Children leave you little time for ‘work.’ Children are work. They displace priorities; many a career ambition runs aground on the shoals of their demands and needs. So goes an exceedingly common complaint, especially from those who consider themselves ‘creative types’: writers, artists and the like. As Cyril Connolly once noted, ‘That enemy of ambition, the pram in the hallway.’ (Wikipedia reports this quote as ‘There is no more somber enemy of good art than the pram in the hall.’)
I think I know the feeling. Both my reading and writing have suffered ever since my daughter was born last December. A serious philosophy text looks frighteningly impenetrable, and the very thought of constructing a rigorous argument is enough to induce severe anxiety in me. The unread books pile up; the drafts remain drafts. Meanwhile, I’m reduced to reading book reviews and those books on my shelves that seem the most accessible. As for writing, all I can pull off is some dilettantish blogging. My sabbatical awaits, but how will I get any writing done in this sleep-deprived, consumed-by-baby, always-consumed-by-distraction state? I cast envious glances at those who are either free of the cares that consume me, or have, even worse, figured out, somehow, the precarious balancing act that lets them be as prolific as ever without letting their children go to seed. My academic CV isn’t a particularly distinguished one in any case, and now, it appears set to stagnate even further. My ‘career’ seems to have come to a grinding halt.
Resentment, envy, jealousy and anxiety; I am a fine candidate to be advised to have some cheese with my whine and count my blessings. Which I do, quite often, as I think my posts on my daughter make clear. But human nature being what it is, the anxieties I relate above surface from time to time.
A dull resentment against his life awoke within him. Could he not escape from his little house? Was it too late for him to try to live bravely like Gallaher? Could he go to London? There was the furniture still to be paid for. If he could only write a book and get it published, that might open the way for him.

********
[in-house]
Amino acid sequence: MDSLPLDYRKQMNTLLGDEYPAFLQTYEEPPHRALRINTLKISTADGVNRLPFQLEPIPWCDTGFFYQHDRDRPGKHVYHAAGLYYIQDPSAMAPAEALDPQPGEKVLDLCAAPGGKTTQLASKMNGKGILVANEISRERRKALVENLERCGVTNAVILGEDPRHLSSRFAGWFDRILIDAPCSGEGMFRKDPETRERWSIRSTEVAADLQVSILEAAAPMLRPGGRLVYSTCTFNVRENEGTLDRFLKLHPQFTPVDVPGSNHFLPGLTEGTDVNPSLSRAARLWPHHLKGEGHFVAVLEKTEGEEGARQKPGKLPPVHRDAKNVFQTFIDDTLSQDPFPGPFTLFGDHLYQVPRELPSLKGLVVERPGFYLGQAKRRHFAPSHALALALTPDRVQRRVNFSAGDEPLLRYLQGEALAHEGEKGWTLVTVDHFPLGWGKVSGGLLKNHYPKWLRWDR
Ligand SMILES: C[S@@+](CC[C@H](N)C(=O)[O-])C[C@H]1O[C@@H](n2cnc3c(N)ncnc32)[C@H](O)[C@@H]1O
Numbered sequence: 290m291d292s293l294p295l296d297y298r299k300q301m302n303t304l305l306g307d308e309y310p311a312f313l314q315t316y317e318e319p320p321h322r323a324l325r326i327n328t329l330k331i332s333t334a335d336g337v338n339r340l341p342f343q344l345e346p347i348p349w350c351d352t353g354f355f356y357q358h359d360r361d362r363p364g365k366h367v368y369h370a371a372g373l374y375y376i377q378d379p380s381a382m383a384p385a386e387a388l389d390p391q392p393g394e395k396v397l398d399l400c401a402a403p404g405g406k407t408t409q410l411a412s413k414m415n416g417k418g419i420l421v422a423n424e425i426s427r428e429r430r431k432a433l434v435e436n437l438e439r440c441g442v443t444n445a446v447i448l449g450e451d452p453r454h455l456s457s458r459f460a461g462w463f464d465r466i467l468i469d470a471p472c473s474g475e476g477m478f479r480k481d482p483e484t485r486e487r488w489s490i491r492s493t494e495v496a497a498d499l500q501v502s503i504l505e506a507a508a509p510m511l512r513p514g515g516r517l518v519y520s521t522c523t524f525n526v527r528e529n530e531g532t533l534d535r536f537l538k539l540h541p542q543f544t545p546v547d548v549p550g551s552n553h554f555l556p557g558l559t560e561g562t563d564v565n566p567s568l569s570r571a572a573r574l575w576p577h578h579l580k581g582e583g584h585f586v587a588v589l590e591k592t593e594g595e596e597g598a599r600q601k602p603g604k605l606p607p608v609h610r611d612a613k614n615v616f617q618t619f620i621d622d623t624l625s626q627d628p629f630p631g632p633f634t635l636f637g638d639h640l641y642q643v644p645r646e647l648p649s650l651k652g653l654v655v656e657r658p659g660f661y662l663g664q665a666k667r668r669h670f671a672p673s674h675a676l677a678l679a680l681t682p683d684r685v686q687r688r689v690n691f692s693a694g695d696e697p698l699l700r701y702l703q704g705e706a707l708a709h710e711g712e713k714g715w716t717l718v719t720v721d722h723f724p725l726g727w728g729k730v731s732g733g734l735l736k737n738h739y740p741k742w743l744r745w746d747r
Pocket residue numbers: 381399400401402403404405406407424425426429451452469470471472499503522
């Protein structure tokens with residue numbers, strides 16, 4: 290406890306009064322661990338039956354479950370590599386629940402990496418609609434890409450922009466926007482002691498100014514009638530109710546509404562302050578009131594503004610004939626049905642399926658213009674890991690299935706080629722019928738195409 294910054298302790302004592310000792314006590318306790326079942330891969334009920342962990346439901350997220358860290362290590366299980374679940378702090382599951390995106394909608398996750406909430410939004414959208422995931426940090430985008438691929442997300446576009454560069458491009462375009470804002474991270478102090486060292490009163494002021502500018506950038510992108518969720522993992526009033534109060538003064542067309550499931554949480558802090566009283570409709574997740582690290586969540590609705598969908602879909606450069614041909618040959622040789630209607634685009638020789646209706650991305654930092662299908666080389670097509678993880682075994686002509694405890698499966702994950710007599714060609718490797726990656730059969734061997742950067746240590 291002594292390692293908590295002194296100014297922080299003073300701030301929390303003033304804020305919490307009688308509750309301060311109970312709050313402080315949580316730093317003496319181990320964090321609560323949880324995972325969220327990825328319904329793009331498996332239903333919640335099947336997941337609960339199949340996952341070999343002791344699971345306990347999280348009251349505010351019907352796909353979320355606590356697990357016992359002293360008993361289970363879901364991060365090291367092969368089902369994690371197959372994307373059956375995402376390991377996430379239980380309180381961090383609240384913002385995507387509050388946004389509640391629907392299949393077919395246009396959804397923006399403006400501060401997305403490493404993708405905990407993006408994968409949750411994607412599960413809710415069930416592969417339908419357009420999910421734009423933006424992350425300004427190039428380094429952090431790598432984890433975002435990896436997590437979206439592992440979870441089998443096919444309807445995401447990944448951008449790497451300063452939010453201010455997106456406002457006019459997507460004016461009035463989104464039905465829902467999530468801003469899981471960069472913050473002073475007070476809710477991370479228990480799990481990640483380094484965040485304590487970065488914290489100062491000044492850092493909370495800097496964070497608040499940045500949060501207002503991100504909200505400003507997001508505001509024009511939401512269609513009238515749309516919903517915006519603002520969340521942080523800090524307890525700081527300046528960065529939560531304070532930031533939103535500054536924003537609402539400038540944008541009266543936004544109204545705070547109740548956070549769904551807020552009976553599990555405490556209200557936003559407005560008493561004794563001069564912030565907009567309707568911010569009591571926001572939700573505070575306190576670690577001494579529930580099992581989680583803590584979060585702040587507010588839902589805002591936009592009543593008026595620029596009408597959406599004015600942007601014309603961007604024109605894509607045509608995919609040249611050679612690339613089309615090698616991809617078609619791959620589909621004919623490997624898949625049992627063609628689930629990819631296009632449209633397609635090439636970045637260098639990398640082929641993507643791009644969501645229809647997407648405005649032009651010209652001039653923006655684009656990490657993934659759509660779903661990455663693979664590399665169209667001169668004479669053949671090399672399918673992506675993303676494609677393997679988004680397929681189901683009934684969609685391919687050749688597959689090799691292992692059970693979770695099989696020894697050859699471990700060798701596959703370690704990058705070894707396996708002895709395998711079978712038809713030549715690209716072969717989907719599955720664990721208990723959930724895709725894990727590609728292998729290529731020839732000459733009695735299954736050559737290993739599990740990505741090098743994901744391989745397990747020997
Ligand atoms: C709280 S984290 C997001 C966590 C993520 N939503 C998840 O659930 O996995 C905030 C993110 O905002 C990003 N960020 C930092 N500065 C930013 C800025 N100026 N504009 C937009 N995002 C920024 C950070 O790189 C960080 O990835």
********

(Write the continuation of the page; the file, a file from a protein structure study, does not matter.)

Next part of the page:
A volume of Byron’s poems lay before him on the table. He opened it cautiously with his left hand lest he should waken the child and began to read the first poem in the book:
Hushed are the winds and still the evening gloom,
Not e’en a Zephyr wanders through the grove,
Whilst I return to view my Margaret’s tomb
And scatter flowers on the dust I love.
He paused. He felt the rhythm of the verse about him in the room. How melancholy it was! Could he, too, write like that, express the melancholy of his soul in verse? There were so many things he wanted to describe: his sensation of a few hours before on Grattan Bridge, for example. If he could get back again into that mood. . . .
The child awoke and began to cry. He turned from the page and tried to hush it: but it would not be hushed. He began to rock it to and fro in his arms but its wailing cry grew keener. He rocked it faster while his eyes began to read the second stanza:
Within this narrow cell reclines her clay,
That clay where once . . .
It was useless. He couldn’t read. He couldn’t do anything. The wailing of the child pierced the drum of his ear. It was useless, useless! He was a prisoner for life. His arms trembled with anger and suddenly bending to the child’s face he shouted:
The child stopped for an instant, had a spasm of fright and began to scream. He jumped up from his chair and walked hastily up and down the room with the child in his arms. It began to sob piteously, losing its breath for four or five seconds, and then bursting out anew. The thin walls of the room echoed the sound. He tried to soothe it but it sobbed more convulsively. He looked at the contracted and quivering face of the child and began to be alarmed. He counted seven sobs without a break between them and caught the child to his breast in fright. If it died! . . .
The door was burst open and a young woman ran in, panting.
“What is it? What is it?” she cried.
The child, hearing its mother’s voice, broke out into a paroxysm of sobbing.
“It’s nothing, Annie . . . it’s nothing. . . . He began to cry . . . ”
She flung her parcels on the floor and snatched the child from him.
“What have you done to him?” she cried, glaring into his face.
Little Chandler sustained for one moment the gaze of her eyes and his heart closed together as he met the hatred in them. He began to stammer:
“It’s nothing. . . . He . . . he began to cry. . . . I couldn’t . . . I didn’t do anything. . . . What?”
Giving no heed to him she began to walk up and down the room, clasping the child tightly in her arms and murmuring:
“My little man! My little mannie! Was ‘ou frightened, love? . . . There now, love! There now! . . . Lambabaun! Mamma’s little lamb of the world! . . . There now!”
Little Chandler felt his cheeks suffused with shame and he stood back out of the lamplight. He listened while the paroxysm of the child’s sobbing grew less and less; and tears of remorse started to his eyes.